Sad songs say so much

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“Sad songs say so much”, sang Elton John in 1984 in one of his most beloved songs. The beginning of the song was like this:

“Guess there are times when we all need to share a little pain

And ironing out the rough spots

Is the hardest part when memories remain

And it’s times like these when we all need to hear the radio

`Cause from the lips of some old singer

We can share the troubles we already know.

 

And it looks that way. We often choose to listen to a particular piece because that music conveys the same emotion that we are experiencing or because we identify with the text, we associate it with people or events that are real to us. In general, we can say that the music expresses a message in which we identify ourselves. If we feel sad, we will feel the need to share our sadness by listening to sad music.

More and more sad songs are written

In research conducted a few years ago by psychologist E. Glenn Schellenberg and sociologist Christian von Scheve on behalf of the American Psychological Association, the most important professional organization of American psychologists, more than a thousand of the most successful songs of the 1960s and 2000s have been analyzed. In particular, they focused on the Top 40 pieces (that of Billboard magazine) of the years 1965-69, 1975-79, 1985-89, 1995-99, and 2005-09. The rhythm of the songs was measured by beats per minute and their tonality was determined by musicians. In cases where a song presents both the minor and the major mode the song has been classified according to the predominant tonality.

What has emerged is that the lyrics of these songs have become increasingly negative and even the music has acquired an increasingly sad sound. With the passage of time the duration of the songs has increased and the songs in minor key, used for more sad and introspective songs, have more than doubled. If in the second half of the sixties the songs in minor key were only 15 percent, in the year 2000 they were almost 56 percent. Even the rhythm of the songs is slowed down, the songs that we can define uniquely cheerful have decreased and those that mix moments of joy and sadness have increased.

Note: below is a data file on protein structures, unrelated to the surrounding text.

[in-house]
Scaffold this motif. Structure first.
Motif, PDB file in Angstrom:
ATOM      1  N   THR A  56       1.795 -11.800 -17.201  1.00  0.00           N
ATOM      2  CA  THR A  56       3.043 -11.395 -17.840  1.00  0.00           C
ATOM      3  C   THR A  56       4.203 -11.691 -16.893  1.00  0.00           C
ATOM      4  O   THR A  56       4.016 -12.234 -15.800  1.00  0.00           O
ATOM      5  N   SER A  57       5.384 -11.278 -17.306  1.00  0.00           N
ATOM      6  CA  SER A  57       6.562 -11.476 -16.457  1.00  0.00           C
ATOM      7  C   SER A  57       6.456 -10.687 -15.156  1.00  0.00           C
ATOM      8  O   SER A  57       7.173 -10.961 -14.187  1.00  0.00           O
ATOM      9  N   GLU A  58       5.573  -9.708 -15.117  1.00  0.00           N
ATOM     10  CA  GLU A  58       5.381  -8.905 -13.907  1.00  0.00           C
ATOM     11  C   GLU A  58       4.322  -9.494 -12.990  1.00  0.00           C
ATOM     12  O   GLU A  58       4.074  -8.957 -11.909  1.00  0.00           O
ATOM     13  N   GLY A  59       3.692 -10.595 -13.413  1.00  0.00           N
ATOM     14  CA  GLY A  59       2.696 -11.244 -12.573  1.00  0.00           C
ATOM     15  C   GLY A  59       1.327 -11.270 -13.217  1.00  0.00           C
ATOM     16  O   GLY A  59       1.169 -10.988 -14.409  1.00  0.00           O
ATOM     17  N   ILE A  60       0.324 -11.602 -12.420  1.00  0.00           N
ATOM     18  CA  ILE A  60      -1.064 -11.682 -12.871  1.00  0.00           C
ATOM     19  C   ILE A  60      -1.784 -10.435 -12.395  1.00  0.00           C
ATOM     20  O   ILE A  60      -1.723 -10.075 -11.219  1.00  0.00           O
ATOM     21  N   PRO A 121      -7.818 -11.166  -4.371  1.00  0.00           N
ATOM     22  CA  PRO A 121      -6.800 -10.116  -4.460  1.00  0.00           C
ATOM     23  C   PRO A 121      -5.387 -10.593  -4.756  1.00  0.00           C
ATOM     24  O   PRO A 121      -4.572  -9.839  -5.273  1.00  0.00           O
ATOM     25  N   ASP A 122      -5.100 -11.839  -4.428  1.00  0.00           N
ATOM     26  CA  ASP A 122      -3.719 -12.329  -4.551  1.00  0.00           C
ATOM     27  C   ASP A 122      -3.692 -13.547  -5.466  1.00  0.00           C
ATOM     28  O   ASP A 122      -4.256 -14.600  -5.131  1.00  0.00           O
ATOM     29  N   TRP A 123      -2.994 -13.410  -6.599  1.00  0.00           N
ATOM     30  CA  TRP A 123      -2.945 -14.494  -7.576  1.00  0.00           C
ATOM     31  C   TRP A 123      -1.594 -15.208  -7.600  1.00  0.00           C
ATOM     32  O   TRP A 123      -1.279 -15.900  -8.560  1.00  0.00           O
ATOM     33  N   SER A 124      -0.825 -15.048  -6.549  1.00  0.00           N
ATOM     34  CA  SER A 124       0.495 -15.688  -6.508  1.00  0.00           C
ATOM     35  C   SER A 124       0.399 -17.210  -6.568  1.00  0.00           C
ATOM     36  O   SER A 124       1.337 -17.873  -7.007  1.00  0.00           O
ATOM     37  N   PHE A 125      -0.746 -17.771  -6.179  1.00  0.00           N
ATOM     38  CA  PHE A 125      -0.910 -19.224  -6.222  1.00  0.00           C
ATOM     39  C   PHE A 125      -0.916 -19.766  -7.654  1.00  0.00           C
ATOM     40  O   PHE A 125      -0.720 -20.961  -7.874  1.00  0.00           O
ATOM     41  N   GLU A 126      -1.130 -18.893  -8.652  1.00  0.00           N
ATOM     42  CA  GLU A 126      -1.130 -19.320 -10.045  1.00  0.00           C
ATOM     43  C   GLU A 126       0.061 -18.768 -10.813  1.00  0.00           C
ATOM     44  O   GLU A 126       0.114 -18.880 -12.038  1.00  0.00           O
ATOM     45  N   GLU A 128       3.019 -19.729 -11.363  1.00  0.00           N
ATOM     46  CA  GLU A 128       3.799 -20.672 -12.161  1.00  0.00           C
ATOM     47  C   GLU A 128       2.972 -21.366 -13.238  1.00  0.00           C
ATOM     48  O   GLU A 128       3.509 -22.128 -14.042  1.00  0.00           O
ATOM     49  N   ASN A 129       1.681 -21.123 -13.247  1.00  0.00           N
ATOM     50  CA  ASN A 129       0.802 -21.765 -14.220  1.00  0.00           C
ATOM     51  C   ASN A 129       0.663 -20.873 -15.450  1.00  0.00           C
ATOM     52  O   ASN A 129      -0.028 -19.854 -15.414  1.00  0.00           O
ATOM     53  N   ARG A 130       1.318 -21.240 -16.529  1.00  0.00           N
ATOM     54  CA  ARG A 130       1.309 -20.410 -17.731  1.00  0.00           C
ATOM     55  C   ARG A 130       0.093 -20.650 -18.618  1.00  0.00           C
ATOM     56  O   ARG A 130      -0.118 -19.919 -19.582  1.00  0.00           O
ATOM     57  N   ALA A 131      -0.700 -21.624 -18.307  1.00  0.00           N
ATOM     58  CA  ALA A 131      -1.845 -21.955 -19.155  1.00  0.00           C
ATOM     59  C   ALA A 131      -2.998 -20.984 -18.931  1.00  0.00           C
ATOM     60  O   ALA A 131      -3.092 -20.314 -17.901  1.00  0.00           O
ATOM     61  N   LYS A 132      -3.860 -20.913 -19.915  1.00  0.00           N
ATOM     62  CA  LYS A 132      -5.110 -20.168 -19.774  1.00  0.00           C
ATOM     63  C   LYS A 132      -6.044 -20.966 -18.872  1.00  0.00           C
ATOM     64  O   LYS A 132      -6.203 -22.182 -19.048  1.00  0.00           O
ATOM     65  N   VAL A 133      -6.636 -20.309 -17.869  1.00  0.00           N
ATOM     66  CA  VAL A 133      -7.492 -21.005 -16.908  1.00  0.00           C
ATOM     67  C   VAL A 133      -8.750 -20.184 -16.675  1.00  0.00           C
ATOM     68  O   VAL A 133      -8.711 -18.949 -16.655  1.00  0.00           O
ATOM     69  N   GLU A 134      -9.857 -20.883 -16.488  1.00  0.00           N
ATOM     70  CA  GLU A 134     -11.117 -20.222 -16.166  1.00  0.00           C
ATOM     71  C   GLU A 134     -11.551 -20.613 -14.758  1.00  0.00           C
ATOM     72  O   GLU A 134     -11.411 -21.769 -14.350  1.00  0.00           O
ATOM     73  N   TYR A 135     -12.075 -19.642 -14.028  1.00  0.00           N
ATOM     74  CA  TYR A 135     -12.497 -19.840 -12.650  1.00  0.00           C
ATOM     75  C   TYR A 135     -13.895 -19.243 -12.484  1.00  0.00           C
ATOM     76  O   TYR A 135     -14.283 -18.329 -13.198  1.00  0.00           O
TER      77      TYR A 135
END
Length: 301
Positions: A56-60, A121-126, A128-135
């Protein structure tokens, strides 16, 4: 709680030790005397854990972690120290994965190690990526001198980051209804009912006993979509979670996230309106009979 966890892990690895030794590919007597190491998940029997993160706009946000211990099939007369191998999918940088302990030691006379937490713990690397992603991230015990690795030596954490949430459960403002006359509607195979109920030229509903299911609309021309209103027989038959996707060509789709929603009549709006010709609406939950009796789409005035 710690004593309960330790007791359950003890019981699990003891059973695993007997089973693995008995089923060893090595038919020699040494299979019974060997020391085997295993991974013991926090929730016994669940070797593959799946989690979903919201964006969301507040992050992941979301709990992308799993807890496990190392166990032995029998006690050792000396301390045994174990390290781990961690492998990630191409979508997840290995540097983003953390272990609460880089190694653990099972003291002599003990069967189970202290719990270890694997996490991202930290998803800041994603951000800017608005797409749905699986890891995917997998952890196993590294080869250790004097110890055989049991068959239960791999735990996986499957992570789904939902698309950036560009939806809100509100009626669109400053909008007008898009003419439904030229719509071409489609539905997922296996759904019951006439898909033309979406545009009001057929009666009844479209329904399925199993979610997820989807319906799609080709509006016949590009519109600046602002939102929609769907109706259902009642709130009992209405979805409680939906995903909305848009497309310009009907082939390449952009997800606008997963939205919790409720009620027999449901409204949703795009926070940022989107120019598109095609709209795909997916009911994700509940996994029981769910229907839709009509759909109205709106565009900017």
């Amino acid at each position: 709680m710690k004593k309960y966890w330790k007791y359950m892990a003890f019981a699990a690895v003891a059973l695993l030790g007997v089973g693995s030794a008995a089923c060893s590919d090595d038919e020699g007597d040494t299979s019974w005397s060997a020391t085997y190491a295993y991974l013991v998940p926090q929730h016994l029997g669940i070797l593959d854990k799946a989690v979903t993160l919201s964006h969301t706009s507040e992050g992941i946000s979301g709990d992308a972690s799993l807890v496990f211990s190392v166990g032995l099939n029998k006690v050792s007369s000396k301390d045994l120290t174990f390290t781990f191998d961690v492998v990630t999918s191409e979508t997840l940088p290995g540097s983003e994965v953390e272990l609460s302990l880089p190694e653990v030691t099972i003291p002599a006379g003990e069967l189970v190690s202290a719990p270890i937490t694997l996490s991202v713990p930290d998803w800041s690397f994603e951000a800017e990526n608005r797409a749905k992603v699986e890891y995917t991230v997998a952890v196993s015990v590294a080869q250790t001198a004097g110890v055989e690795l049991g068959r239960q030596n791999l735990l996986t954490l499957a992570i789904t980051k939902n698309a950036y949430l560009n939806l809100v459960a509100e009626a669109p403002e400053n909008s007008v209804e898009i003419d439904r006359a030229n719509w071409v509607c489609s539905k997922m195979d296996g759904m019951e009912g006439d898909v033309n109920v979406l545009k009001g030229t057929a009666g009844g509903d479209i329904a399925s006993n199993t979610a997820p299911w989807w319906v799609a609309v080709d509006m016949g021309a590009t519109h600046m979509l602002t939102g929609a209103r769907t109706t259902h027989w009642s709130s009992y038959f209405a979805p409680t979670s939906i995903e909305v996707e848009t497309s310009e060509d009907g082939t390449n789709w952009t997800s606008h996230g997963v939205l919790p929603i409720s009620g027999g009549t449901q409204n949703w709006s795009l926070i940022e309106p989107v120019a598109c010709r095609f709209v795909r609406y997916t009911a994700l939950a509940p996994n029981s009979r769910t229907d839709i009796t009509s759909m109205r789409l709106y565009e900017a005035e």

The slowdown in rhythm is more pronounced in songs in greater tonality, indicating a general decrease in uniquely cheerful songs and an increase in songs with varying emotional states and that mix moment of cheerfulness to sadness.

The research has shown that the lyrics of the greatest pop hits have become increasingly negative and focused on the ego but that even the music has acquired an increasingly sad sound and with greater emotional nuances.

The effect of a sad song on our mood

The psychologists and researchers Annemieke Van den Tol and Jane Edwards have conducted studies to try to feeling deflatedexplain why when people feel sad they are inclined to listen to melancholic music. It has emerged that the very onset of a state of mind of unhappiness gives rise to the desire to listen to these kinds of songs.

Their research examined the motivations described by people when they decide to listen to music they call sad at times when they experience negative circumstances and moods of depression and found that listeners choose sad music basically for four reasons:

  • sharing a state of mind, helps us in the process of acceptance, support and can have an empathic function. This often happens in a special way in teenagers who use music as a shelter to their mood. Moreover, knowing it is shared by several people (think for example of a concert) gives a sense of communion that helps not to feel alone in difficulties
  • the message contained in the song allows the negative sentiment to be reflected in a new way, for example by encouraging to react and to move on;
  • re-enactment of memories, relive memories and past moments;
  • aesthetic value, it also seems that people who experience a state of mind of sadness are inclined to prefer listening to music with a high aesthetic value. This would be explained as a form of distraction and cognitive revaluation; an emotional adjustment strategy that attempts to change the meaning attributed to the event that caused us a certain state of mind. After a negative event, one would then consciously seek music with high aesthetic value to improve one’s mood.

Conclusions

Sad songs help us to reflect unlike the cheerful ones that bring us carefree feelings.

They help us to face the difficulties of life. A bit like reading a book or watching a film that tells a dramatic story, beyond the feeling of melancholy, they always leave us a useful lesson.

Some scientific research holds that at the neurological and biochemical level try concussion stimuli the release of well-being hormones, such as oxytocin and prolactin. A reaction similar to the relief felt after a cry.

Other studies claim, instead, that listening to sad music is linked to a pure psychological pleasure that comes from having experienced the whole range of possible emotions, even those less pleasant.

The fact is, we like sad songs. Perhaps simply because they remind us how useless it is to try to always remove melancholy and how important it is to feel alive and, therefore, human.

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